CubanB and 71strat like this.
  9. derekd

    derekd Supporting Member

    Messages:
    34,804
    Joined:
    Sep 10, 2007
    Location:
    In a van down by the river
    I completely agree with this.

    I play Fender scaled guitars with 11s, but wouldn't hesitate to drop gauges if my hands hurt or I couldn't get the bends I wanted. You can likely eq out the difference in tone.
     
    Dale and songtalk like this.
  10. edsped

    edsped Member

    Messages:
    125
    Joined:
    Mar 21, 2012
    Location:
    Atlanta, GA
    Those Gripmaster things are useless. Just go down a gauge.
     
    Roe likes this.
  11. swiveltung

    swiveltung Member

    Messages:
    14,549
    Joined:
    Feb 5, 2011
    Location:
    PNW
    I cant stand .009's. I use a 10-46 set with the G replaced with a .015.
     
  12. Flyin' Brian

    Flyin' Brian Member

    Messages:
    29,579
    Joined:
    Jul 29, 2005
    Location:
    K7C 4K8
    How often do you play?

    I'm 69 and I use Mangan 10-48 strings. I've found for a few years that if I don't play EVERY day, that it gets harder to bend strings. Fortunately I'm retired and do play several hours a day.
     
    Buzzard Luck likes this.
  13. gkoelling

    gkoelling Member

    Messages:
    15,696
    Joined:
    Nov 25, 2005
    Location:
    In The Basement
    I have arthritis in my hands to the extent that people have asked me about it. They look that bad. I tried .009s a couple years ago but I hit too hard with my right hand so they sounded like crap. I went back to .010s and top load my Teles and top wrap the LP. It's still difficult but .009s aren't happening and I used them exclusively for about 35 years before switching to .010s. I don't know how I used .009s, but I did. Plinky, very plinky.
     
  14. gkoelling

    gkoelling Member

    Messages:
    15,696
    Joined:
    Nov 25, 2005
    Location:
    In The Basement
    I have to play every day, too. I don't do several hours (1-2) but if I miss time I notice immediately (pain) and it takes a while to get back to where I was.
     
    Flyin' Brian likes this.
  15. MKB

    MKB Silver Supporting Member

    Messages:
    7,237
    Joined:
    Mar 11, 2009
    Normally some trems should effectively lower the string resistance because the springs will give a bit as the strings are bent. That's been my experience with Strats at least. Strats with floating trems always seem to have easier bending than a Tele with a fixed bridge.

    I'm 55 and play a lot, and have no issues with bending with 10's, but do have an issue with speed. When I have to do metal dweedley-dwee I'll take a 24.75" scale guitar with a flat radius and put 9's on it.

    These days, with the strings and amps/effects we have available, the tone of thinner strings seem to make less of a difference. But it depends on your musical style; if you play stock vintage type Strats with Fender amps, and hit the guitar hard, you might need the big strings and high action to get the great tone. But if you use lots of distortion and have a light touch, thinner strings should work well. Billy Gibbons used 0.012" and up regularly with his Les Paul until BB King talked him into thinner strings, he now has a set that starts with a 0.007" and his tone is still mighty good.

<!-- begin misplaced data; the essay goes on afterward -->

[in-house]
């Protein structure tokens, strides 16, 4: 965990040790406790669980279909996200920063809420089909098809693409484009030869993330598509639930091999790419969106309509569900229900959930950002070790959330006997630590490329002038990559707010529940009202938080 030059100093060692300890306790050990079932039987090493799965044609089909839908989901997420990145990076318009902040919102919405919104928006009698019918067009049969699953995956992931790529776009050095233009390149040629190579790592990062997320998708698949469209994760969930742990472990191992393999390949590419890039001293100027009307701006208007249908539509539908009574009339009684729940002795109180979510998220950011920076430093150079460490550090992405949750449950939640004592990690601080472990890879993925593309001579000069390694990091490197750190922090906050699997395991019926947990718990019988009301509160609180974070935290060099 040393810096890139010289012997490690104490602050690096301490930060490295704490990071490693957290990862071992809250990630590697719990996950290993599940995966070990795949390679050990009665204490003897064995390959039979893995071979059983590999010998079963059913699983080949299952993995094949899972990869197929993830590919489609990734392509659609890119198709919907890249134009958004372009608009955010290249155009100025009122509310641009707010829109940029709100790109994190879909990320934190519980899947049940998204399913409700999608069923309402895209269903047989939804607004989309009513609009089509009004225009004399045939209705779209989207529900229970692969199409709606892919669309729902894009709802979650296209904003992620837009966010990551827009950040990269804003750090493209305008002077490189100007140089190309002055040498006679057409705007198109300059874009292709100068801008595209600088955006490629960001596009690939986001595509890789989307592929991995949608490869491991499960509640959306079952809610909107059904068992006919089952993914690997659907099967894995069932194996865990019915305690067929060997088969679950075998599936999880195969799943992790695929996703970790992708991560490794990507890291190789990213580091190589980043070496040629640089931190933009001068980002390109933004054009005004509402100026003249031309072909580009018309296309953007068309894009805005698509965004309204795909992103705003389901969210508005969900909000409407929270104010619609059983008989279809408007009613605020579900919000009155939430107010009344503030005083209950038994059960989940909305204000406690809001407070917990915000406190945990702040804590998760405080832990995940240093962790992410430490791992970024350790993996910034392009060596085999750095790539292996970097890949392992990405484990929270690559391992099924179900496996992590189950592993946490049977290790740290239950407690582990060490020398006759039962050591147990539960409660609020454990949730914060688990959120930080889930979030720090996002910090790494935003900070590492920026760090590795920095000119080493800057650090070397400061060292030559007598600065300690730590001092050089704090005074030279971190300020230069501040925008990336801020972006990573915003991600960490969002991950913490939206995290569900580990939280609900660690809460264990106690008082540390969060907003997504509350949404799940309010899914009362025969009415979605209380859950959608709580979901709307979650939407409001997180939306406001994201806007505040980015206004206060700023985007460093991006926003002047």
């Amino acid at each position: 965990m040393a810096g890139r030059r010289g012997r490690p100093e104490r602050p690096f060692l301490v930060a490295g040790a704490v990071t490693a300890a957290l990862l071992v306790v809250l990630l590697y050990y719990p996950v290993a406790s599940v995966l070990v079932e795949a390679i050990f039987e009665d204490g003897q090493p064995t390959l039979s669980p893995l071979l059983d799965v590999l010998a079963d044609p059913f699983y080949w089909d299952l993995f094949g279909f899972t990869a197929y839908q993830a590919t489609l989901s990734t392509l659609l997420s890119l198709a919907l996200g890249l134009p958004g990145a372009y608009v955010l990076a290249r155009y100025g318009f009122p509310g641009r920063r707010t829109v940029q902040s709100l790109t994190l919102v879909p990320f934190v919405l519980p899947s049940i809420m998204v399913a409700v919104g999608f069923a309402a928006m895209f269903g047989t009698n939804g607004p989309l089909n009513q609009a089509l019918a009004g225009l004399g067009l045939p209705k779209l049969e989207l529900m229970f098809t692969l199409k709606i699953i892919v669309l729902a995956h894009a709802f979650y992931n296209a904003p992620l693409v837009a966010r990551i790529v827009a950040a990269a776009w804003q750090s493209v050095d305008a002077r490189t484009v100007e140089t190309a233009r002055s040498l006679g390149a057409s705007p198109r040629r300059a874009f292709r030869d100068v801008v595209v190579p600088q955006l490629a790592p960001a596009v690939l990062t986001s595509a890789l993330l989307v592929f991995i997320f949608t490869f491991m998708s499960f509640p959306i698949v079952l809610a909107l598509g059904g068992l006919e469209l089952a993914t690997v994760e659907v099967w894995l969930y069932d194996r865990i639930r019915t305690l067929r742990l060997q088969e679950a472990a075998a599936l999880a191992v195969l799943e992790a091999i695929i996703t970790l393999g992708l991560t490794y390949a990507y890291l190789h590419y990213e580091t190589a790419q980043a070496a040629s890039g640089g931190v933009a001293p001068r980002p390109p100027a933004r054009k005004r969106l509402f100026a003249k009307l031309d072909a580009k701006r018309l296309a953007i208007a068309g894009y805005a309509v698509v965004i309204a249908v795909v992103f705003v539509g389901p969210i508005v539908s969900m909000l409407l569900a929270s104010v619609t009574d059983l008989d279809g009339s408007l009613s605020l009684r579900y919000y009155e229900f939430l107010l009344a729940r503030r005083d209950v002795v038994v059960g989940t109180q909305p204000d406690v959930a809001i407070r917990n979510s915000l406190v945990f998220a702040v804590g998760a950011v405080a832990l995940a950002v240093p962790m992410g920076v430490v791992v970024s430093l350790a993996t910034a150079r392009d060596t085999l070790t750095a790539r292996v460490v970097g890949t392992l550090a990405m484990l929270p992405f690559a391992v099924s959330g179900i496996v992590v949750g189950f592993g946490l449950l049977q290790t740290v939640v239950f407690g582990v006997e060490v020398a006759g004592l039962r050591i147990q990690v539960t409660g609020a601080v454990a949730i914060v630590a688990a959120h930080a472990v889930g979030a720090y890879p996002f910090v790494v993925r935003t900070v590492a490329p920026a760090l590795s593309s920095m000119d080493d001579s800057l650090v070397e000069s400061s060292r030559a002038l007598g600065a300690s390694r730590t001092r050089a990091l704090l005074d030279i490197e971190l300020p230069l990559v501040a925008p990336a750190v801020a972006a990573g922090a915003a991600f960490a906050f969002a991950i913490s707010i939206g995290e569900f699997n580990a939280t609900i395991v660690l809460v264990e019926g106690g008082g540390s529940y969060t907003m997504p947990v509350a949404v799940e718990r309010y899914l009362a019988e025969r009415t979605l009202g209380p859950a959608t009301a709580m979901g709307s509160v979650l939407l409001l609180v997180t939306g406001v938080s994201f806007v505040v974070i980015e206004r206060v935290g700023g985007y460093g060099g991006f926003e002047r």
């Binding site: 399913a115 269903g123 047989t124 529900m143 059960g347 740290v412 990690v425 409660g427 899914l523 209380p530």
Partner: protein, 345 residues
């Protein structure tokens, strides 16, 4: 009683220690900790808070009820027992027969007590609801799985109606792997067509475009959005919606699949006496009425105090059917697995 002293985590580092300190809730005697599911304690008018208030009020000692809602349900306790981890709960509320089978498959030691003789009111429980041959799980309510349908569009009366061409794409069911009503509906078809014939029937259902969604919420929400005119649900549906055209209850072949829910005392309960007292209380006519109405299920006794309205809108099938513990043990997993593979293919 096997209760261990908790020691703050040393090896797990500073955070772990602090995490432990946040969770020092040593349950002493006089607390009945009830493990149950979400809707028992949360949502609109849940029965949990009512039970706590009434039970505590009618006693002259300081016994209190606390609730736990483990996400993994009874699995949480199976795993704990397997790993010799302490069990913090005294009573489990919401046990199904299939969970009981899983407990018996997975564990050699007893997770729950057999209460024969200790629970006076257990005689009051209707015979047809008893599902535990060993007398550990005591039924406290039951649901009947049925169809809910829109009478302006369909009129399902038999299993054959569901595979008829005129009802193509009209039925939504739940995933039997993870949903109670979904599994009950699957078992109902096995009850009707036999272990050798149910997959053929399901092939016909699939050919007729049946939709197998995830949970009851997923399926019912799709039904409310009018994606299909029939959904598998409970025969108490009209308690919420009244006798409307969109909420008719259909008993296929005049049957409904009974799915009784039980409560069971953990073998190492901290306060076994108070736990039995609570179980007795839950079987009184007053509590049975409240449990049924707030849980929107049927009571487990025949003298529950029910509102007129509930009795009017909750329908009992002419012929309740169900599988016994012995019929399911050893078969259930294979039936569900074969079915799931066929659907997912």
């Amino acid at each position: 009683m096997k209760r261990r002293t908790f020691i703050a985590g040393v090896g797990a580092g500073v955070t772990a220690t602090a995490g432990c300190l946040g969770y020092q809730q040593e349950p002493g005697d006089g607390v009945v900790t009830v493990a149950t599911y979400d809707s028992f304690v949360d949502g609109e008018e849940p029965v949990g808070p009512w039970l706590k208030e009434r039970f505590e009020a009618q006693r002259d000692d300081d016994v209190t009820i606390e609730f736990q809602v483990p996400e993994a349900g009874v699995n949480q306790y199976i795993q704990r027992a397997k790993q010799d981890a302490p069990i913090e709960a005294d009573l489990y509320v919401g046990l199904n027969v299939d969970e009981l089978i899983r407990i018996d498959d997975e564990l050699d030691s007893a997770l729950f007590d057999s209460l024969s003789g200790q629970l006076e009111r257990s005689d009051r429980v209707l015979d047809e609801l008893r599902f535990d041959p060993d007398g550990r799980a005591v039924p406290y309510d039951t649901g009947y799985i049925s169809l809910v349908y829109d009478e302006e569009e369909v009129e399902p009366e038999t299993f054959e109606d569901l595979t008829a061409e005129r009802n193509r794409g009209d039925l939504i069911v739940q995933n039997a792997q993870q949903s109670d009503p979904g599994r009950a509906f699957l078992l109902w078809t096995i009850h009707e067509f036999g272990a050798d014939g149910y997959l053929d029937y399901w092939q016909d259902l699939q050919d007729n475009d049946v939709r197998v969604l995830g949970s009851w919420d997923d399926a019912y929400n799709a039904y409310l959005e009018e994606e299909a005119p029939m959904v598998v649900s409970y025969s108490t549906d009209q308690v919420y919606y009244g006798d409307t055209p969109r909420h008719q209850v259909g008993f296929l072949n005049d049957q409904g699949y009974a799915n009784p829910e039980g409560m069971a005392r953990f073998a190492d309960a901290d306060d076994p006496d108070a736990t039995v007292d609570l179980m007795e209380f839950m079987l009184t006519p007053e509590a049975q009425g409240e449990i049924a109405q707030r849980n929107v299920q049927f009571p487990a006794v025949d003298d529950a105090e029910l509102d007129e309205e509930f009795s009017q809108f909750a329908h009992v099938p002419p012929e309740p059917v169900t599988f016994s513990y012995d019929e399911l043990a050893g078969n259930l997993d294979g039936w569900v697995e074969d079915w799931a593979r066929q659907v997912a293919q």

CubanB likes this.
  16. Sarutobi sasuke

    Sarutobi sasuke Member

    Messages:
    600
    Joined:
    Mar 2, 2016
    the best thing to do is string your guitar with bridge cables for a really fat tone. it's a myth that tons of famous players use light gauge strings and sound great. if you're not playing 13's you're just foolin around
     
    edsped likes this.
  17. memberzonly

    memberzonly Silver Supporting Member Supporting Member

    Messages:
    706
    Joined:
    Oct 30, 2002
    Location:
    Cheshire, Connecticut
    Hopefully, this post is sarcasm.
     
    Roe likes this.
  18. TANFK

    TANFK Member

    Messages:
    446
    Joined:
    Jan 16, 2016
    Whenever I hear anyone concerned about 9s I don't go BB King or Billy G... I go Jerry- The greatest Tele player of ALL TIME... 9s work for him OK LOL
     
    Phnurt likes this.
  19. Roe

    Roe Member

    Messages:
    7,142
    Joined:
    Jul 12, 2005
    Location:
    tromsoe, norway
    nyxl 0940
     
  20. The Interceptor

    The Interceptor Member

    Messages:
    2,464
    Joined:
    Feb 28, 2011
    Location:
    Perth, Western Australia
    There's no shame in 9-42s on a 25.5" guitar. It shouldn't have to be a fight.
     
    Buzzard Luck likes this.

Share This Page

  1. This site uses cookies to help personalise content, tailor your experience and to keep you logged in if you register.
    By continuing to use this site, you are consenting to our use of cookies.
    Dismiss Notice